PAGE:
Using the Consolidate command: an overview

This description assumes you have data ranges (blocks) in a workbook that have column and row labels in the first column and first row of each range. You want to consolidate the data in those ranges. It is best practice to consolidate into a range on a new worksheet, rather than into a range on a sheet that has other data. But it is not required to consolidate to a new worksheet.

  1. Select the upper-left corner of the range where you want the consolidation to appear.
  2. Choose Data → Consolidate.
  3. Select the consolidation function you want to use (e.g. Sum), in the Function drop-down list.
  4. In the Reference box, enter your reference and click Add.
    • You can type the reference as a named reference, then click Add. This is the best practice.
    • Alternatively, click in the Reference box, then (with the dialog open), select the sheet and the range for the reference. While you are selecting your reference the dialog will collapse, then will expand when you are finished selecting your reference. Click Add to add the reference.
  5. Repeat the step above for each additional range that you want to include in the consolidation.
  6. Select the checkboxes, Top row and Left column.
  7. Optionally, you can choose to Create links to source data. See the discussion below for more information on this option.
  8. Click OK.

The consolidated data then appears.

If you have not chosen to create links to source data, any changes to the source data will not appear automatically. Instead, you simply re-run the consolidation by clicking in the upper-left corner of the consolidation range and choosing Data ? Consolidate again. Excel will remember the settings of the consolidation, so you won't need to repeat the rest of the steps. Just click OK.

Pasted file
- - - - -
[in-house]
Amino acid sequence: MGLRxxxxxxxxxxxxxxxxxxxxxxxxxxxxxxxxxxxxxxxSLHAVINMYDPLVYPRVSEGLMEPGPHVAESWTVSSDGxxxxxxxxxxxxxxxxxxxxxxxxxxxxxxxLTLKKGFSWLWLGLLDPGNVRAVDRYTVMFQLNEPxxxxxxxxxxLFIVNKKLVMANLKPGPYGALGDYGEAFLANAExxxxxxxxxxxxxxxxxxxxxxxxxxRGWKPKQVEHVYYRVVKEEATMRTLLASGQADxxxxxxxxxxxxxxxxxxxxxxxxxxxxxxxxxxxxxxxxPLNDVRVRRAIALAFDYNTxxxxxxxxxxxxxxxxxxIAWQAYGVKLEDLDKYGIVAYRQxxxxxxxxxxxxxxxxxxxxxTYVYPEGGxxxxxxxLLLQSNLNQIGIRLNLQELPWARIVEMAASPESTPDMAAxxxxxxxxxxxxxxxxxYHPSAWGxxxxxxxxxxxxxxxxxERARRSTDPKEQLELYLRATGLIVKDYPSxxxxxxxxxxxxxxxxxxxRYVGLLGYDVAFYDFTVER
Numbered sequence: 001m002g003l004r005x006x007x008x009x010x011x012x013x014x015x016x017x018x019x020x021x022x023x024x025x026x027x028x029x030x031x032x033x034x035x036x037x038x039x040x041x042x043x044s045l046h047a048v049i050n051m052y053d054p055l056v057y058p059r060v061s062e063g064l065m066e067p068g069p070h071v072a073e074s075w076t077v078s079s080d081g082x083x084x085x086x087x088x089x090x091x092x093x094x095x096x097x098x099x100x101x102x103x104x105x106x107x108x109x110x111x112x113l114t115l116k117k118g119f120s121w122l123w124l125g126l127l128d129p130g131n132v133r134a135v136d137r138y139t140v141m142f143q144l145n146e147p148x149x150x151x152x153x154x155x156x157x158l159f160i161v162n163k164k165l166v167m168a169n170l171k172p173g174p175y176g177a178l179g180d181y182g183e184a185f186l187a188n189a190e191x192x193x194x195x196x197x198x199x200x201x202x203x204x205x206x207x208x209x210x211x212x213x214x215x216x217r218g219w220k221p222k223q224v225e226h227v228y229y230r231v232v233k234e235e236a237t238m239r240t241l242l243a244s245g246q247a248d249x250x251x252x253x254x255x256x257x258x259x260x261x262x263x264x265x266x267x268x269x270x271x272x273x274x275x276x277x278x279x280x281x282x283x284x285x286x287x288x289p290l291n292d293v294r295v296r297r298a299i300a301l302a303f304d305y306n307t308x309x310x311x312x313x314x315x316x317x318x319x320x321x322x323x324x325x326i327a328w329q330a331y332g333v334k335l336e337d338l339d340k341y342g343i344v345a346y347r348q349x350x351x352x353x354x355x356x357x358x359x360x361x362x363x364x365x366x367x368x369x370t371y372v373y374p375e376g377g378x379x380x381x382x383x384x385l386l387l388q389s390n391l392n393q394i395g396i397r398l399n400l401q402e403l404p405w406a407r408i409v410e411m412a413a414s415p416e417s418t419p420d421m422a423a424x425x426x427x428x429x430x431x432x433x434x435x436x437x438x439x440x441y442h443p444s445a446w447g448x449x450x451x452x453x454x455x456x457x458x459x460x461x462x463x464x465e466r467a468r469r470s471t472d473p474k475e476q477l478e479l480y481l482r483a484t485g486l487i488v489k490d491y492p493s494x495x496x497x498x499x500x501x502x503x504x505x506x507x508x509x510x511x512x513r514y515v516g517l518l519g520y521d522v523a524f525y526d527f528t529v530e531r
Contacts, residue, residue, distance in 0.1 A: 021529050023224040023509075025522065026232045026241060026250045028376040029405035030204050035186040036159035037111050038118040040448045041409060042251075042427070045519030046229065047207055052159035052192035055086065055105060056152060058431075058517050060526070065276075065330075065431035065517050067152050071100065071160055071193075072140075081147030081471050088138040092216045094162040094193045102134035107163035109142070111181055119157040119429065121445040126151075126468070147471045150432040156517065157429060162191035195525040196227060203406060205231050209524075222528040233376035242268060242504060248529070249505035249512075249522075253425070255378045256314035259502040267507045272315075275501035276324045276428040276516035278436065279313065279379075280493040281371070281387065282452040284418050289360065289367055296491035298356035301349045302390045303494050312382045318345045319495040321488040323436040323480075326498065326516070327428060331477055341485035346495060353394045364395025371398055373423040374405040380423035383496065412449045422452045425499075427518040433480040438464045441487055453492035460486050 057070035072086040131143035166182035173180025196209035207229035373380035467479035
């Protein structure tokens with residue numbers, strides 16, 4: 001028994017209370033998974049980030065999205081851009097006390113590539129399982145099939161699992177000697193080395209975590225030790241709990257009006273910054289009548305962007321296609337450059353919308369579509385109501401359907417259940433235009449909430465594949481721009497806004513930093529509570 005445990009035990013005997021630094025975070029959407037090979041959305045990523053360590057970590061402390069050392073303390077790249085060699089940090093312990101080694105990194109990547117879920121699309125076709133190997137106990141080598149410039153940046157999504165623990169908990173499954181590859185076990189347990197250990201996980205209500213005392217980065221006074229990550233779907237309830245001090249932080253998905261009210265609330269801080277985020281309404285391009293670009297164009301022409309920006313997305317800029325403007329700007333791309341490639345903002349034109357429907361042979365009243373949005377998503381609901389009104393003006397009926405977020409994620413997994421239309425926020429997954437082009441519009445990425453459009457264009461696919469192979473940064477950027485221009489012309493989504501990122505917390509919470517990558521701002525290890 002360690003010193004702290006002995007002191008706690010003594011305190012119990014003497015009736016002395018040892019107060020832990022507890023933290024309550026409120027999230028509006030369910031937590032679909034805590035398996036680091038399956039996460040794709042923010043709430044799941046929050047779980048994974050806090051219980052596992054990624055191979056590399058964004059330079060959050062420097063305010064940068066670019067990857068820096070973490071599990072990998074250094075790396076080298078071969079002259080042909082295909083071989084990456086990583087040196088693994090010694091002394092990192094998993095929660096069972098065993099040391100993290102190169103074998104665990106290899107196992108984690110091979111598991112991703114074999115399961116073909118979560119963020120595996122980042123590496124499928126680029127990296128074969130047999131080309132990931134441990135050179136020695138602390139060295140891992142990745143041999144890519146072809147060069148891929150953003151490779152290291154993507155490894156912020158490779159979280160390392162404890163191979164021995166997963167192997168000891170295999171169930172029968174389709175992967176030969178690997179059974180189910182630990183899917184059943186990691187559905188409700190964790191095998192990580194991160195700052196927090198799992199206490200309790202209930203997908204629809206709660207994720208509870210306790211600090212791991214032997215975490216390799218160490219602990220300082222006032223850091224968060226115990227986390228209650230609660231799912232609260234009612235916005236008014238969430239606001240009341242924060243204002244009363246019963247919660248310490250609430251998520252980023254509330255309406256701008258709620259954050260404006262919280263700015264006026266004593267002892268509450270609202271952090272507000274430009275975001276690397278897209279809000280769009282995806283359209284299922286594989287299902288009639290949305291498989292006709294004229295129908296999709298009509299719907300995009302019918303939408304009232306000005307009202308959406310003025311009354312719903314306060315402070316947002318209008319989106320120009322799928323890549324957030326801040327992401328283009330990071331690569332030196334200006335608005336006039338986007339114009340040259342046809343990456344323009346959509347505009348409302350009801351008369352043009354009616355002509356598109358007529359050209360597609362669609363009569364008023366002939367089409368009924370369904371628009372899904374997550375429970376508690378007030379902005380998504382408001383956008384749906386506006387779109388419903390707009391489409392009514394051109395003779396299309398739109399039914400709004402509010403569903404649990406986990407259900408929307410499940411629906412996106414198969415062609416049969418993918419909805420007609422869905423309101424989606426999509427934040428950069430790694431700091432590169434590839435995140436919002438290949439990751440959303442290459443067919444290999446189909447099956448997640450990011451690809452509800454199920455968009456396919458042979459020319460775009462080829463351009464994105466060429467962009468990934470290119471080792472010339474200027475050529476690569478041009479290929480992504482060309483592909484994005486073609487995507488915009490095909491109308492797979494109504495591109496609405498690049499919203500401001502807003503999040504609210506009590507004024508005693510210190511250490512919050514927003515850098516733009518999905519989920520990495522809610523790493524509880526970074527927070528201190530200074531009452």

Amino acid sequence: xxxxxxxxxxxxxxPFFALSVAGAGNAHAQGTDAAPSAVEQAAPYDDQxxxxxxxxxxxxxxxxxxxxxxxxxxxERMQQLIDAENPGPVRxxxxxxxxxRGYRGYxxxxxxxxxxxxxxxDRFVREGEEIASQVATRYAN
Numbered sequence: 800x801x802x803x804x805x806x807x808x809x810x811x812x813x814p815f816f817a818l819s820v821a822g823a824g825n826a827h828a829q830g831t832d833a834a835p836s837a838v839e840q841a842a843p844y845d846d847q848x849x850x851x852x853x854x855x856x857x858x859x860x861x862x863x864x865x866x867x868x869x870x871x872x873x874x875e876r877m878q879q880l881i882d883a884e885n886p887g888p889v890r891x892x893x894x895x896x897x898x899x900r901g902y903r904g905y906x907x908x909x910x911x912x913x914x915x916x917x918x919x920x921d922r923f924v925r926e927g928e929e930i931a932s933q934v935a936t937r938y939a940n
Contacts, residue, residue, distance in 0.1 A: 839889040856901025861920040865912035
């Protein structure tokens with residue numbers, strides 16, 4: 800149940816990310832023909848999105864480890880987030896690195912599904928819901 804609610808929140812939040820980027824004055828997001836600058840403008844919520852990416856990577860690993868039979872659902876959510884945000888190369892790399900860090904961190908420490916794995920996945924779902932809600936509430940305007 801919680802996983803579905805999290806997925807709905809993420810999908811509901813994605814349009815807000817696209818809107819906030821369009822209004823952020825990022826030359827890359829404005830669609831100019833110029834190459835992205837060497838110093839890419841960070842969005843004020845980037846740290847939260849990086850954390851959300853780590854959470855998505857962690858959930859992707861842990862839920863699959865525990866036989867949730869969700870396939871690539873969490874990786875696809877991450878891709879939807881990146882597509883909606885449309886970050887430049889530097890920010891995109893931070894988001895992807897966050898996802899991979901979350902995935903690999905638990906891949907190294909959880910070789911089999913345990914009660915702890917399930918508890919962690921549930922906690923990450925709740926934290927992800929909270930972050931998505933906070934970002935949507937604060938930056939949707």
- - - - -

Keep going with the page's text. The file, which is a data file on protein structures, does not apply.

If you have chosen to create links to source data, Excel does this by creating extra rows in the consolidation range that are linked from source ranges, then grouping those extra rows to hide them. This strikes us as being a big kludgy, but it achieves the effect of creating a 'linked' consolidation so that changes to source data automatically appear in the consolidation. However, if you add rows or columns to source ranges, those may not appear (and probably won't)... another reason why we suggest:

The recommended practice is not to choose Create links to source data. Instead, just re-run the consolidation to update the data.

It is also a best practice to use named ranges as the source for the consolidation--preferably named ranges that are dynamic--so that all inserted columns and rows are included automatically in the consolidation.

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